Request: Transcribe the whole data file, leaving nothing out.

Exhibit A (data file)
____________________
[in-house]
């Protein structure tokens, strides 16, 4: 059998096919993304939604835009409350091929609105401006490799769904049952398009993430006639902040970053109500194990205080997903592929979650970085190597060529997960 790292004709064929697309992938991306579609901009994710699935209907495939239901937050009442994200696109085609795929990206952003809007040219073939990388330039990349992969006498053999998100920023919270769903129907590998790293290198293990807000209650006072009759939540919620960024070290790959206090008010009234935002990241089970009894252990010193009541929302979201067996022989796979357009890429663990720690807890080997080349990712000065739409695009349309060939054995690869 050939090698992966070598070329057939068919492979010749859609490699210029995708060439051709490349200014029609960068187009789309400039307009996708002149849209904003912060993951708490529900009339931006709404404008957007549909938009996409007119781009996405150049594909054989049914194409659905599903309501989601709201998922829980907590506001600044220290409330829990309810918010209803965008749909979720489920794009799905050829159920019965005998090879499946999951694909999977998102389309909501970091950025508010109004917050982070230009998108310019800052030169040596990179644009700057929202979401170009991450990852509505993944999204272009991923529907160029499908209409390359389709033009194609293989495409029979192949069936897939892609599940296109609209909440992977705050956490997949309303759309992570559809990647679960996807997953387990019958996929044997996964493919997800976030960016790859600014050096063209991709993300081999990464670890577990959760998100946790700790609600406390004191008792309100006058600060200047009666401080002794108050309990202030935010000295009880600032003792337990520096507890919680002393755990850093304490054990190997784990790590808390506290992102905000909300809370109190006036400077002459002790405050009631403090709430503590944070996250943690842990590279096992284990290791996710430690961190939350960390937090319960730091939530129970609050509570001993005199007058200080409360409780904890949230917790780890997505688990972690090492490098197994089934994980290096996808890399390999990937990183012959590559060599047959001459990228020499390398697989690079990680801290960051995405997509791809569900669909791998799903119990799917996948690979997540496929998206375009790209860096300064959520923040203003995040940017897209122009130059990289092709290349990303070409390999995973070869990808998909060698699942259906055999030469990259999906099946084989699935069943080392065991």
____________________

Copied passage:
[in-house]
């Protein structure tokens, strides 16, 4: 059998096919993304939604835009409350091929609105401006490799769904049952398009993430006639902040970053109500194990205080997903592929979650970085190597060529997960 790292004709064929697309992938991306579609901009994710699935209907495939239901937050009442994200696109085609795929990206952003809007040219073939990388330039990349992969006498053999998100920023919270769903129907590998790293290198293990807000209650006072009759939540919620960024070290790959206090008010009234935002990241089970009894252990010193009541929302979201067996022989796979357009890429663990720690807890080997080349990712000065739409695009349309060939054995690869 050939090698992966070598070329057939068919492979010749859609490699210029995708060439051709490349200014029609960068187009789309400039307009996708002149849209904003912060993951708490529900009339931006709404404008957007549909938009996409007119781009996405150049594909054989049914194409659905599903309501989601709201998922829980907590506001600044220290409330829990309810918010209803965008749909979720489920794009799905050829159920019965005998090879499946999951694909999977998102389309909501970091950025508010109004917050982070230009998108310019800052030169040596990179644009700057929202979401170009991450990852509505993944999204272009991923529907160029499908209409390359389709033009194609293989495409029979192949069936897939892609599940296109609209909440992977705050956490997949309303759309992570559809990647679960996807997953387990019958996929044997996964493919997800976030960016790859600014050096063209991709993300081999990464670890577990959760998100946790700790609600406390004191008792309100006058600060200047009666401080002794108050309990202030935010000295009880600032003792337990520096507890919680002393755990850093304490054990190997784990790590808390506290992102905000909300809370109190006036400077002459002790405050009631403090709430503590944070996250943690842990590279096992284990290791996710430690961190939350960390937090319960730091939530129970609050509570001993005199007058200080409360409780904890949230917790780890997505688990972690090492490098197994089934994980290096996808890399390999990937990183012959590559060599047959001459990228020499390398697989690079990680801290960051995405997509791809569900669909791998799903119990799917996948690979997540496929998206375009790209860096300064959520923040203003995040940017897209122009130059990289092709290349990303070409390999995973070869990808998909060698699942259906055999030469990259999906099946084989699935069943080392065991």